A hotline is a point-to-point communications link in which a call is automatically directed to the preselected destination without any additional action by the user when the end instrument goes off-hook. An example would be a phone that automatically connects to emergency services on picking up the receiver. Therefore, dedicated hotline phones don't need a rotary dial or keypad. There are also hotlines between states with nuclear weapons, like the Moscow–Washington hotline. A hotline can also be called an automatic signaling, ringdown, or off-hook service.
True hotlines cannot be used to originate calls other than to preselected destinations. However, in common or colloquial usage, a "hotline" often refers to a call center reachable by dialing a standard telephone number, or sometimes the phone numbers themselves.
This is especially the case with 24-hour, noncommercial numbers, such as police tip hotlines or suicide crisis hotlines, which are manned around the clock and thereby give the appearance of real hotlines. Increasingly, however, the term is found being applied to any customer service telephone number.1
The most famous hotline between states is the Moscow–Washington hotline, which is also known as the "red telephone". This direct communications link was established on June 20, 1963, in the wake of the Cuban Missile Crisis.
Already during World War II, two decades before the hotline Washington-Moscow was established, there was a hotline between the Cabinet War Room bunker under Downing Street and the White House in Washington. From 1943–1946 this link was made secure by using the very first voice encryption machine, called SIGSALY.
A hotline connection between Moscow and Bejing was used during the 1969 frontier confrontation between the two countries. The Chinese however refused the Russian peace attempts and ended the communications link. After a reconciliation between the former enemies, the hotline between China and Russia was revived in 1996.2
On his visit to the Soviet Union in 1966, French President Charles de Gaulle announced that a hotline would be established between Paris and Moscow. The line was upgraded from a telex to a high-speed fax machine in 1989.2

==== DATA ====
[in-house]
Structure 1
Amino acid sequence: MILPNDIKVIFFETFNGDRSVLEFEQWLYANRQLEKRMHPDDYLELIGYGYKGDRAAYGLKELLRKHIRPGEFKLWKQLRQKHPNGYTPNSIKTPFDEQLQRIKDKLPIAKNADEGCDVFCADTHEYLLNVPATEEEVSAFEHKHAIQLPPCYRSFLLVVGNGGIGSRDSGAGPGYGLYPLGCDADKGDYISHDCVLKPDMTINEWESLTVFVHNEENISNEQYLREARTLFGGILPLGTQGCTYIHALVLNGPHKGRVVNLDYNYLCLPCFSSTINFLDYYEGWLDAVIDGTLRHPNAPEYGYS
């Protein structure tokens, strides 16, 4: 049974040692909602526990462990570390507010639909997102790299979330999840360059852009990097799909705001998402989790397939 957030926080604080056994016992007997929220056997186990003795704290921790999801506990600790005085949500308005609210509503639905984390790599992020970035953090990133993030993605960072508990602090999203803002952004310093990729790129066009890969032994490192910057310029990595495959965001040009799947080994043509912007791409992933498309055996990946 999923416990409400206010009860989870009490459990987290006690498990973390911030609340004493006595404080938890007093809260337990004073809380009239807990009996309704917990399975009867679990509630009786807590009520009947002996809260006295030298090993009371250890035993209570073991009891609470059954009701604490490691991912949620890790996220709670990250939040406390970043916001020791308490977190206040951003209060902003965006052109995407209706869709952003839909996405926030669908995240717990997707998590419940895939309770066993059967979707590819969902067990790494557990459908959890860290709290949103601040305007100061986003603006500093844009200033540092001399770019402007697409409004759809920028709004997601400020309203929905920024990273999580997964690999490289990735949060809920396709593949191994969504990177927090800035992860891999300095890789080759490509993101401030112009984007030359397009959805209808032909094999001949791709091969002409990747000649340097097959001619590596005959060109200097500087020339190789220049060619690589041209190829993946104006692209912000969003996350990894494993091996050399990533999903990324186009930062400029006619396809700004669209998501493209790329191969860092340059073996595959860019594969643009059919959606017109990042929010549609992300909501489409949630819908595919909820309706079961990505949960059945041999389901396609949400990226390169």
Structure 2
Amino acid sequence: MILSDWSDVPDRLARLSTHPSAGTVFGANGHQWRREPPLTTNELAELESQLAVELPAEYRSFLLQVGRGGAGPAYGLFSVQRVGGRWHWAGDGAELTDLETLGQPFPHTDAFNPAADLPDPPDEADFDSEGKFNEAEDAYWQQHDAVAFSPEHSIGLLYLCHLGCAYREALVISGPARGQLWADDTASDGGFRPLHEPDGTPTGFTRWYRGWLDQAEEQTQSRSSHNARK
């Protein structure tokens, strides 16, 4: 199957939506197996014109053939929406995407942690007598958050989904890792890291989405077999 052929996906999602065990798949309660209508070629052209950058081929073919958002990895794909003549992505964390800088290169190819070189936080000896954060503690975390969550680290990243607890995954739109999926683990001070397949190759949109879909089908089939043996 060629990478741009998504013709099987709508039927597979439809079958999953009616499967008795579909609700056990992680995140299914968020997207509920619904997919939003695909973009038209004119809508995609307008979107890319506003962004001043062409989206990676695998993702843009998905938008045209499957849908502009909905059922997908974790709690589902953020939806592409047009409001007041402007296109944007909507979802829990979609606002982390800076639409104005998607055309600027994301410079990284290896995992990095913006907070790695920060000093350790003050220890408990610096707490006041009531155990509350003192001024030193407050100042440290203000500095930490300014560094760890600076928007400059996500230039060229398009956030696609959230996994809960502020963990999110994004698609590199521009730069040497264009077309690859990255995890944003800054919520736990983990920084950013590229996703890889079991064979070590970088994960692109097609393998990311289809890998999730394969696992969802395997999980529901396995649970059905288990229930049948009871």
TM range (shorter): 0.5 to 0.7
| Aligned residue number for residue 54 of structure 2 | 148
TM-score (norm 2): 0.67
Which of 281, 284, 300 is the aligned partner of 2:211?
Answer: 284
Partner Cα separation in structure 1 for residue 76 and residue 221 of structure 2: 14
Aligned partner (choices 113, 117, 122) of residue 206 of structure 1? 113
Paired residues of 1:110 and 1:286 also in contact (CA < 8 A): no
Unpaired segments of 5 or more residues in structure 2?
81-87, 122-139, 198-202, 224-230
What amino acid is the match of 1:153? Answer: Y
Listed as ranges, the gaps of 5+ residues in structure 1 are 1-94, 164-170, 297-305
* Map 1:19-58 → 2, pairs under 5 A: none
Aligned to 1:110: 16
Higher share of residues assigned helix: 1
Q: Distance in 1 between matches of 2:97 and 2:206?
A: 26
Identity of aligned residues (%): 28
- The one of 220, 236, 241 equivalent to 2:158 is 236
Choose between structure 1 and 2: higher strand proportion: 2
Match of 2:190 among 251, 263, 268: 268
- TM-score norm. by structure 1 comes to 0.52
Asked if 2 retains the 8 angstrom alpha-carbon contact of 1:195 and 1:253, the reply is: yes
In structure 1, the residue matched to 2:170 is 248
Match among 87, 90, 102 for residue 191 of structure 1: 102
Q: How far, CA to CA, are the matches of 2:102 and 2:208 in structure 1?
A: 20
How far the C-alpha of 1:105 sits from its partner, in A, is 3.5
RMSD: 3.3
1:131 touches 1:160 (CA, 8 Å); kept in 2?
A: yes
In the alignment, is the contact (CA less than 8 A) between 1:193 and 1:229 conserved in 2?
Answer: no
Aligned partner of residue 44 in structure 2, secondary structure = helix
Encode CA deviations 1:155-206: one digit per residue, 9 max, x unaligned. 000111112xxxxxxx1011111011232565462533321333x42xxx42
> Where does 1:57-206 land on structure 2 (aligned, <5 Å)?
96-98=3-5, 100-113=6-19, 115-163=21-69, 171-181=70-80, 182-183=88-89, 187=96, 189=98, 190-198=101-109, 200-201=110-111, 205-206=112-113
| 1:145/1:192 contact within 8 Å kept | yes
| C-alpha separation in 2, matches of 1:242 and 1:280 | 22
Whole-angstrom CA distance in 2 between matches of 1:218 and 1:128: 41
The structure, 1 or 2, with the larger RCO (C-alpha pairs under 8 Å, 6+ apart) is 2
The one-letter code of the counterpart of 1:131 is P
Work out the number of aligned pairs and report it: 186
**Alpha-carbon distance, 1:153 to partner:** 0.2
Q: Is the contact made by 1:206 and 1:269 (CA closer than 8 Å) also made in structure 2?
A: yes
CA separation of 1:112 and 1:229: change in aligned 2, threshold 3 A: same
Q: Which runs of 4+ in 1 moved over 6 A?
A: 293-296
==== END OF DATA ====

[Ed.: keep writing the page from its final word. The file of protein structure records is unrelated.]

A London-Moscow hotline was not formally established until a treaty of friendship between the two countries in 1992. An upgrade was announced when Foreign Secretary William Hague visited Moscow in 2011.2
On June 20, 2004, both India and Pakistan agreed to extend a nuclear testing ban and to set up a hotline between their foreign secretaries aimed at preventing misunderstandings that might lead to nuclear war.3 The hotline was set up with the assistance of United States military officers.
India and China announced a hotline for the foreign ministers of both countries while reiterating their commitment to strengthening ties and building "mutual political trust".5
The Seoul-Pyongyang hotline was opened on August 18, 1972 and maintained by the Red Cross. North Korea deactivated the hotline on March 11th 2013, as part of increasing tensions on the Korean peninsula.
- Derived from Federal Standard 1037C
- Egilsson, Haraldur. "The Origins, Use and Development of Hotline Diplomacy". Discussion Papers in Diplomacy. Retrieved 22 January 2013.
- The Independent—Monday, June 21, 2004--"India and Pakistan to Have Nuclear Hotline":
- Gienger, Viola (13 May 2011). "China-U.S. Defense Hotline Shows Gulf Between Nations". Bloomberg. Retrieved 5 March 2012.
- "Finally, a hotline between India and China". Ndtv.com. 2010-11-01. Retrieved 2012-01-21.